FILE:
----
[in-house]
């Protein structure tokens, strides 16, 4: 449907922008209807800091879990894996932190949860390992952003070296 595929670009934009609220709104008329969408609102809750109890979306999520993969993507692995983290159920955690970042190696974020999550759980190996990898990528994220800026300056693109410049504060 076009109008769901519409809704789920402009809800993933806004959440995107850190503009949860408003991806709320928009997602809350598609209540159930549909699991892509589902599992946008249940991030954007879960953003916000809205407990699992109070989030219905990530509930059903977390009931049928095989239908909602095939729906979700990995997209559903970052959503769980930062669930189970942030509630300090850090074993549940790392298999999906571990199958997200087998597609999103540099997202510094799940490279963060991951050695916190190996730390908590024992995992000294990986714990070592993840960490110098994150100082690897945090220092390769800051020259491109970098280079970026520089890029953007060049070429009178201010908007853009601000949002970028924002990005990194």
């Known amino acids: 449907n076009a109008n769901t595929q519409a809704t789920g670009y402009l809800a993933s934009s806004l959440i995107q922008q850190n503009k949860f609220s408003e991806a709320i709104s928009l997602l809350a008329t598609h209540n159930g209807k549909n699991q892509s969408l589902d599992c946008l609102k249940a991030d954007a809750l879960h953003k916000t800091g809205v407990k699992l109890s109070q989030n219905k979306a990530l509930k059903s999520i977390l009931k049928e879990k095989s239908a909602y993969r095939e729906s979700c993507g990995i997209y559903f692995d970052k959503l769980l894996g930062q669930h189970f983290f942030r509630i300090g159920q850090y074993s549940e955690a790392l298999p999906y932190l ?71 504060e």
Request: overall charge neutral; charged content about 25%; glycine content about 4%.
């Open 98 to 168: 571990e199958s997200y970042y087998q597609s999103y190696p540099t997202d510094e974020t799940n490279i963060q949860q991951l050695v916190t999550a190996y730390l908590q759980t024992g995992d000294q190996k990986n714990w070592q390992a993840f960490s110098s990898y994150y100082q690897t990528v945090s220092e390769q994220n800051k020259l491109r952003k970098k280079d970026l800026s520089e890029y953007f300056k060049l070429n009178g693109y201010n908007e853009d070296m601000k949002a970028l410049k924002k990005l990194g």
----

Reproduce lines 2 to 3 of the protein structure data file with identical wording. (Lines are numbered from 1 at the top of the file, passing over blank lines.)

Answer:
């Protein structure tokens, strides 16, 4: 449907922008209807800091879990894996932190949860390992952003070296 595929670009934009609220709104008329969408609102809750109890979306999520993969993507692995983290159920955690970042190696974020999550759980190996990898990528994220800026300056693109410049504060 076009109008769901519409809704789920402009809800993933806004959440995107850190503009949860408003991806709320928009997602809350598609209540159930549909699991892509589902599992946008249940991030954007879960953003916000809205407990699992109070989030219905990530509930059903977390009931049928095989239908909602095939729906979700990995997209559903970052959503769980930062669930189970942030509630300090850090074993549940790392298999999906571990199958997200087998597609999103540099997202510094799940490279963060991951050695916190190996730390908590024992995992000294990986714990070592993840960490110098994150100082690897945090220092390769800051020259491109970098280079970026520089890029953007060049070429009178201010908007853009601000949002970028924002990005990194």
């Known amino acids: 449907n076009a109008n769901t595929q519409a809704t789920g670009y402009l809800a993933s934009s806004l959440i995107q922008q850190n503009k949860f609220s408003e991806a709320i709104s928009l997602l809350a008329t598609h209540n159930g209807k549909n699991q892509s969408l589902d599992c946008l609102k249940a991030d954007a809750l879960h953003k916000t800091g809205v407990k699992l109890s109070q989030n219905k979306a990530l509930k059903s999520i977390l009931k049928e879990k095989s239908a909602y993969r095939e729906s979700c993507g990995i997209y559903f692995d970052k959503l769980l894996g930062q669930h189970f983290f942030r509630i300090g159920q850090y074993s549940e955690a790392l298999p999906y932190l ?71 504060e």